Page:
Macbeth - Act 3, scene 2
Last updated: Fri, Jul 31, 2015
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Act 3, scene 2
Both Lady Macbeth and Macbeth express their unhappiness. Macbeth speaks of his fear of Banquo especially. He refers to a dreadful deed that will happen that night but does not confide his plan for Banquo’s murder to Lady Macbeth.Enter Macbeth’s Lady and a Servant.
LADY MACBETH 1115 Is Banquo gone from court?
1116 Ay, madam, but returns again tonight.
1117 Say to the King I would attend his leisure
1118 For a few words.
SERVANT 1119 5Madam, I will.He exits.
LADY MACBETH 1120 Naught’s had, all’s spent,
1121 Where our desire is got without content.
1122 ’Tis safer to be that which we destroy
1123 Than by destruction dwell in doubtful joy.
1124 10 How now, my lord, why do you keep alone,
1125 Of sorriest fancies your companions making,
1126 Using those thoughts which should indeed have died
1127 With them they think on? Things without all remedy
1128 Should be without regard. What’s done is done.
1129 15 We have scorched the snake, not killed it.
1130 She’ll close and be herself whilst our poor malice
1131 Remains in danger of her former tooth.
1132 But let the frame of things disjoint, both the worlds
1134 20 Ere we will eat our meal in fear, and sleep
1135 In the affliction of these terrible dreams
1136 That shake us nightly. Better be with the dead,
1137 Whom we, to gain our peace, have sent to peace,
1138 Than on the torture of the mind to lie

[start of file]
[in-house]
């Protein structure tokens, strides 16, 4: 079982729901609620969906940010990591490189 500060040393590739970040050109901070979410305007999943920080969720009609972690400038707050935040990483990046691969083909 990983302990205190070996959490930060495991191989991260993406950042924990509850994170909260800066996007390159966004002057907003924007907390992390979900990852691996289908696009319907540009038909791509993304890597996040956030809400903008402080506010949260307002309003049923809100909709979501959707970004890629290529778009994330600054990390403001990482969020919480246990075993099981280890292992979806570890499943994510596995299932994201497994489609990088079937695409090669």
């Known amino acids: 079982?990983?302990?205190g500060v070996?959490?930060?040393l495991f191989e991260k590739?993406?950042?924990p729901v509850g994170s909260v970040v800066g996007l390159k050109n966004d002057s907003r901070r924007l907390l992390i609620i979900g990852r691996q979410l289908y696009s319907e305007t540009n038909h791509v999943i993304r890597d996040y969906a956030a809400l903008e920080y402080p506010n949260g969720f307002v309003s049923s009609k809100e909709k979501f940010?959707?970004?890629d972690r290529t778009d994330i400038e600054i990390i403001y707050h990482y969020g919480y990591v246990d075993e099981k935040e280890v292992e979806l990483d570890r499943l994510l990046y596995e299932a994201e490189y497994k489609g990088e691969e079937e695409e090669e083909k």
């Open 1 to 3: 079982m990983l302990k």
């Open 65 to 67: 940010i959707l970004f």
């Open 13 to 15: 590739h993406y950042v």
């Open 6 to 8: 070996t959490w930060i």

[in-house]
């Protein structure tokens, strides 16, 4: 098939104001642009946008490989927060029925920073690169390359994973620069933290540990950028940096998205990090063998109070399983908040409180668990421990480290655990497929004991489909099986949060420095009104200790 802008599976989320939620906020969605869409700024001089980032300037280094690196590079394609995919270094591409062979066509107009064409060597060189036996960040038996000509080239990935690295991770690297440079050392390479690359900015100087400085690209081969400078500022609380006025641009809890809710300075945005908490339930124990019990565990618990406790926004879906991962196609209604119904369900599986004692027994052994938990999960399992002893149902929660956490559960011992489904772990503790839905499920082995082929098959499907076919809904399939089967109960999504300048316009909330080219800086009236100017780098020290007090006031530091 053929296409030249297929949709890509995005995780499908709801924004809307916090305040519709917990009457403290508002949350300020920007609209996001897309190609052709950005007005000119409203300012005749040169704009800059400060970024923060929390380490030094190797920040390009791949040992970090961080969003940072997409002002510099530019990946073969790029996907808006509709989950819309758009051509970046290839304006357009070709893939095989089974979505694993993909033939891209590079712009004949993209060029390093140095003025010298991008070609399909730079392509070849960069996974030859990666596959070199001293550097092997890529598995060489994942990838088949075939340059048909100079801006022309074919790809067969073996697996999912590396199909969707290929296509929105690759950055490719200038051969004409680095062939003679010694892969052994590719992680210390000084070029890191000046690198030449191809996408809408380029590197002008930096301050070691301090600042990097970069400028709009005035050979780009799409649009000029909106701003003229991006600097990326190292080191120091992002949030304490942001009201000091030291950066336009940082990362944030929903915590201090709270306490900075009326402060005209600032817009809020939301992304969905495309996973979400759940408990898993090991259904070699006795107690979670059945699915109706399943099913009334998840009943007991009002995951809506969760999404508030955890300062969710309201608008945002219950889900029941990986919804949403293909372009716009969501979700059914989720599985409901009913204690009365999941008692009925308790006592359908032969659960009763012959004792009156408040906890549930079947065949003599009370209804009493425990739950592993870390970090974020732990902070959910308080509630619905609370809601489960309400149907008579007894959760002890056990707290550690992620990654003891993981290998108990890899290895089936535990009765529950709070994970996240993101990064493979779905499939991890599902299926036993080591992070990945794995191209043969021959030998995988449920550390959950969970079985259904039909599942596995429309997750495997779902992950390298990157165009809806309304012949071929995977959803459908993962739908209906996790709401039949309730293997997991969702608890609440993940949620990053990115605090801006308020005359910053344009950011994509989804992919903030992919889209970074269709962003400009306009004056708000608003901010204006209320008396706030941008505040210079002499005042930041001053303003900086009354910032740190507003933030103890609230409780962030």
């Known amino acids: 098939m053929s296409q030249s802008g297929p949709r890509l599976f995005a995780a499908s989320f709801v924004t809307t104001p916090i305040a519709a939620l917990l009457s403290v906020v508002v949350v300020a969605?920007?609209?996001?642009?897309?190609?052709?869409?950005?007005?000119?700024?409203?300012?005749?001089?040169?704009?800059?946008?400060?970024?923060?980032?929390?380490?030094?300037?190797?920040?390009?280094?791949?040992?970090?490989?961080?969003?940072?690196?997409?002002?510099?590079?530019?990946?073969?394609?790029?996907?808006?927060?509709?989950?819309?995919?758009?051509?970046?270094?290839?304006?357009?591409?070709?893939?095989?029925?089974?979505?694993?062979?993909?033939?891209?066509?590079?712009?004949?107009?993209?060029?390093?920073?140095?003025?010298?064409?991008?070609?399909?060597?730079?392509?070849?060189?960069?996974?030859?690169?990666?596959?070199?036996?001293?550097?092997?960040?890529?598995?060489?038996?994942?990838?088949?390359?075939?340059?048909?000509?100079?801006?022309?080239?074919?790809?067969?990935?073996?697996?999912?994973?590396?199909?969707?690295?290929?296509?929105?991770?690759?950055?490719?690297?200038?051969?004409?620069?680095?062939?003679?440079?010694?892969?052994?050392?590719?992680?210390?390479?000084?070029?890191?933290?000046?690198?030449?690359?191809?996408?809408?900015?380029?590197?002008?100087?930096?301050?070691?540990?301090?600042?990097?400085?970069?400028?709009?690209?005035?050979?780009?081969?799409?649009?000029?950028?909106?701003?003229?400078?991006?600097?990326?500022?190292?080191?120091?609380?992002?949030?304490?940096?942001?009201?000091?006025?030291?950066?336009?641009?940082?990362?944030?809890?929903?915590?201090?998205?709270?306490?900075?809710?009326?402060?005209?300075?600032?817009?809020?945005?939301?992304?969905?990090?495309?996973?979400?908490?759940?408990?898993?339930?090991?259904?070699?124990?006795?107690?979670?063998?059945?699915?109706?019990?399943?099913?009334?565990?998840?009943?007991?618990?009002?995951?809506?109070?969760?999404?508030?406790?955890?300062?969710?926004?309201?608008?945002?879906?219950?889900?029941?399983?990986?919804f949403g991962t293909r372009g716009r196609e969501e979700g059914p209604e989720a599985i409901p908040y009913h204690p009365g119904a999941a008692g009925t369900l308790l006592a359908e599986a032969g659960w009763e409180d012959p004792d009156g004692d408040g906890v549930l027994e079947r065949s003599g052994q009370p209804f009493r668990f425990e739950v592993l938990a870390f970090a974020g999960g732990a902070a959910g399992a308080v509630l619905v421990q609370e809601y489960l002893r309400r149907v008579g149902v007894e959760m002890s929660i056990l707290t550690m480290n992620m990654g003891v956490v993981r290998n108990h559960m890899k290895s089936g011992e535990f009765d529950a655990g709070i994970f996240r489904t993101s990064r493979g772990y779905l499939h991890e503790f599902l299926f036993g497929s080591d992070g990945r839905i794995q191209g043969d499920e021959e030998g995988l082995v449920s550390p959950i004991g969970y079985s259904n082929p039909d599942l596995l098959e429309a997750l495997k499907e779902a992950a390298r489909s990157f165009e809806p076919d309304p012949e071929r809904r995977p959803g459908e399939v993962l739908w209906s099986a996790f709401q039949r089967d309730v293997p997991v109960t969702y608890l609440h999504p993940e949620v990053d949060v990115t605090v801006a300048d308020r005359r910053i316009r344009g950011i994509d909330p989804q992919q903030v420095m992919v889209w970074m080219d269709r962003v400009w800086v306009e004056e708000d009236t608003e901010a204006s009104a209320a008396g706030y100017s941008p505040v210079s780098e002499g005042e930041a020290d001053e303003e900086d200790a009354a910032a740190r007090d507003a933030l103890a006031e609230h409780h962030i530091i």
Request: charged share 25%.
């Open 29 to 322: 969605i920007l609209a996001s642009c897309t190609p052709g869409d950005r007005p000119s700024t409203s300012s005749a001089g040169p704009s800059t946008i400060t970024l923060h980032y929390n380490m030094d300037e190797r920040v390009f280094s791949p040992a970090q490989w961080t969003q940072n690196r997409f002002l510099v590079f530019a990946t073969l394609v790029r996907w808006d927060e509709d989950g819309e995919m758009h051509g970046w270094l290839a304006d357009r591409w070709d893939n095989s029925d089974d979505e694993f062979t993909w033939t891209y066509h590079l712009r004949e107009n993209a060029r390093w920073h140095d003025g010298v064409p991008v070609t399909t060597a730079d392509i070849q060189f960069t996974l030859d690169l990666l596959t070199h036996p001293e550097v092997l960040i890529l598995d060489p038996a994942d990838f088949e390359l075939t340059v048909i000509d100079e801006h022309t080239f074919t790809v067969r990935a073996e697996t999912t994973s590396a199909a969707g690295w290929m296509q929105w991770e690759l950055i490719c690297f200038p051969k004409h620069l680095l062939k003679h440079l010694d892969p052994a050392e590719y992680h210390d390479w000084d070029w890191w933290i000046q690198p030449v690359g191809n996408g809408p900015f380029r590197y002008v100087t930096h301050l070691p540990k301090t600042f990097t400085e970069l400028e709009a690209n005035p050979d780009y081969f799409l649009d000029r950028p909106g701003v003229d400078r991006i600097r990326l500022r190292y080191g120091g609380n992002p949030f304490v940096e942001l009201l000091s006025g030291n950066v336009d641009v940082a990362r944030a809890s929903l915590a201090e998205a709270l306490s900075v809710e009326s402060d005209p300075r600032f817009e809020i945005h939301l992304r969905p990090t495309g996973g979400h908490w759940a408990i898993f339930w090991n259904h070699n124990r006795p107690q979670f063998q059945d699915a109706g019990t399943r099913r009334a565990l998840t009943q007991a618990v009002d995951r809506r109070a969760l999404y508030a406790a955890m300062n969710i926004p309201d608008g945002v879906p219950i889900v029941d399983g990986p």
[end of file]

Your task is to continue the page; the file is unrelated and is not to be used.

1139 25 In restless ecstasy. Duncan is in his grave.
1140 After life’s fitful fever he sleeps well.
1141 Treason has done his worst; nor steel nor poison,
1142 Malice domestic, foreign levy, nothing
1143 Can touch him further.
LADY MACBETH 1144 30 Come on, gentle my lord,
1145 Sleek o’er your rugged looks. Be bright and jovial
1146 Among your guests tonight.
MACBETH 1147 So shall I, love,
1148 And so I pray be you. Let your remembrance
1149 35 Apply to Banquo; present him eminence
1150 Both with eye and tongue: unsafe the while that we
1151 Must lave our honors in these flattering streams
1152 And make our faces vizards to our hearts,
1153 Disguising what they are.
LADY MACBETH 1154 40 You must leave this.
1155 O, full of scorpions is my mind, dear wife!
1156 Thou know’st that Banquo and his Fleance lives.
1157 But in them nature’s copy’s not eterne.
1158 There’s comfort yet; they are assailable.
1159 45 Then be thou jocund. Ere the bat hath flown
1160 His cloistered flight, ere to black Hecate’s summons
1161 The shard-born beetle with his drowsy hums
1162 Hath rung night’s yawning peal, there shall be done
1163 A deed of dreadful note.
LADY MACBETH 1164 50 What’s to be done?
1165 Be innocent of the knowledge, dearest chuck,
1166 Till thou applaud the deed.—Come, seeling night,
1167 Scarf up the tender eye of pitiful day
1168 And with thy bloody and invisible hand
1169 55 Cancel and tear to pieces that great bond
1170 Which keeps me pale. Light thickens, and the crow
1171 Makes wing to th’ rooky wood.
1172 Good things of day begin to droop and drowse,
1173 Whiles night’s black agents to their preys do
1174 60 rouse.—
1175 Thou marvel’st at my words, but hold thee still.
1176 Things bad begun make strong themselves by ill.
1177 So prithee go with me.